Related Articles
0
Disruptive innovation and resilience...
Cities

TARU Leading Edge is a leading Indian Think Tank exploring issues of climate change resilienc...

+ Read More
0
Lessons from the Chennai floods: Local b...
Cities

A year ago this month, heavy rains off the southeast coast of India set off a chain of events...

+ Read More
0
City supply networks: The climate risk b...
Cities

To its inhabitants a city can feel like an island. If you are one of the many billions of peo...

+ Read More
0
The Ethical City: an Idea Whose Time Has...
Cities

Globally, there is intense discussion about the future of urban life through the World Urban ...

+ Read More
Monday 21st July 2014
Resilient cities: how do you build a city that lasts?
Cities Contributor: The Urbanist

Seeking out stories of strong leadership, the right infrastructure and communities whose bonds endure catastrophe, Monocle's The Urbanist podcast visits San Francisco, Da Nang, Hong Kong and Calgary.

Editor's note: some listeners have reported difficulties in playing the podcast below using Safari or Internet Explorer. If you have problems you can listen to the podcast here: https://soundcloud.com/monocle-24-the-urbanist/the-urbanist-edition-142

 

Mai | Profession | 05.09.2014 | 16:05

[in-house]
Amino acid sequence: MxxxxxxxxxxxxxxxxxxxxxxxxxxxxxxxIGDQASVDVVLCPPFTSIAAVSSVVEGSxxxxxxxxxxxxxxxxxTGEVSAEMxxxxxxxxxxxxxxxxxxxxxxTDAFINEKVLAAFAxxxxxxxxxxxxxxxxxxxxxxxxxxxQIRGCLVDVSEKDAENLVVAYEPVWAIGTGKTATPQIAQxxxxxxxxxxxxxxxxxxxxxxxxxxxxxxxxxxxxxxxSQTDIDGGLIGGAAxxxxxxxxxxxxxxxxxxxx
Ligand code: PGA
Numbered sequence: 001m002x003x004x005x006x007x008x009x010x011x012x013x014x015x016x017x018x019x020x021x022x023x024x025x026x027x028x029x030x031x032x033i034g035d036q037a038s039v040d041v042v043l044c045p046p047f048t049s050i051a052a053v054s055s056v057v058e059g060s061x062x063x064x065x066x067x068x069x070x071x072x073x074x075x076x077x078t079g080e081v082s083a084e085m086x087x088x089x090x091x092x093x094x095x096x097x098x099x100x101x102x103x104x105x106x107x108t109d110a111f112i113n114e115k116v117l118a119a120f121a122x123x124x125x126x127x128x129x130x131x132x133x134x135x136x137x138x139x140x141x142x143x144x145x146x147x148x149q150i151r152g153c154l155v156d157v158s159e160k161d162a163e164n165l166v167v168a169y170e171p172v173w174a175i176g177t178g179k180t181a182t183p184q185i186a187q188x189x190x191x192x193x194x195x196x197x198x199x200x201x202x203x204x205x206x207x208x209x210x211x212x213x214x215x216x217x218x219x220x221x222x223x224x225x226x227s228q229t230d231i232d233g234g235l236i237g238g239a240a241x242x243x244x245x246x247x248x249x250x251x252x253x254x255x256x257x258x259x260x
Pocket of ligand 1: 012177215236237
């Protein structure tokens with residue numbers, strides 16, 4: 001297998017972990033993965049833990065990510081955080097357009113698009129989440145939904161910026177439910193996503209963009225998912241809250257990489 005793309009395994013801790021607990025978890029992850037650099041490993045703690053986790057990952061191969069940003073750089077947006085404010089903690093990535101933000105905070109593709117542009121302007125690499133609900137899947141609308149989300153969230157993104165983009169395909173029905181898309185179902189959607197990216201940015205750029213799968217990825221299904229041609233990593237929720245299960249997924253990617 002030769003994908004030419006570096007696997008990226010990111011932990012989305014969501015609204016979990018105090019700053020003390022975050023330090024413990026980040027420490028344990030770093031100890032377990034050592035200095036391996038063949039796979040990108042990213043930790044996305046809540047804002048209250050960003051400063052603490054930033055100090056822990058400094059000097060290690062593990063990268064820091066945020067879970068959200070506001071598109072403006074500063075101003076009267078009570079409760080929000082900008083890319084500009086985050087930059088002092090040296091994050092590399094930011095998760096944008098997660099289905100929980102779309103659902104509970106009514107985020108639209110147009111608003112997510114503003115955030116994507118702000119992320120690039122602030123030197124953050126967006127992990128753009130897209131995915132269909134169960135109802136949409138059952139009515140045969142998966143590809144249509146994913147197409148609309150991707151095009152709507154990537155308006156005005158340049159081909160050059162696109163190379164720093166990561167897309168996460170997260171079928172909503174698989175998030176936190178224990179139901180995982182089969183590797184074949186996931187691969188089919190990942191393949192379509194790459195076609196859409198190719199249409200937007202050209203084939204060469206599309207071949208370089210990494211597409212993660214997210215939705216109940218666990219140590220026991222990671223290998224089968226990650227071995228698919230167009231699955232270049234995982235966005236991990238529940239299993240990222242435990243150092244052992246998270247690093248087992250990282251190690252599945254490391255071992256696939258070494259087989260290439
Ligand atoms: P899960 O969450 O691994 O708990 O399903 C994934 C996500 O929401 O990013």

Good analysis. Keep it up. I thguoht Austin already had the discussion about urban v. suburban growth and made the decision to go urban. Apparently not, though. First the McMansion ordinance which killed duplex construction (thereby reducing density) and now this idea that the neighborhood associations have veto power over any development that happens in their area. Austin will continue to grow because the job market is so strong here, but it looks more and more like that growth will be suburban, not urban, other than a downtown enclave of half-a-million dollar two bedroom condos for the trust fund babies.The sad thing is that somehow the city's liberal establishment got tricked into thinking that their opposition to growth will save Austin's soul. Instead, it will just price out all the musicians, writers, freaks, and bohemians that make the city interesting.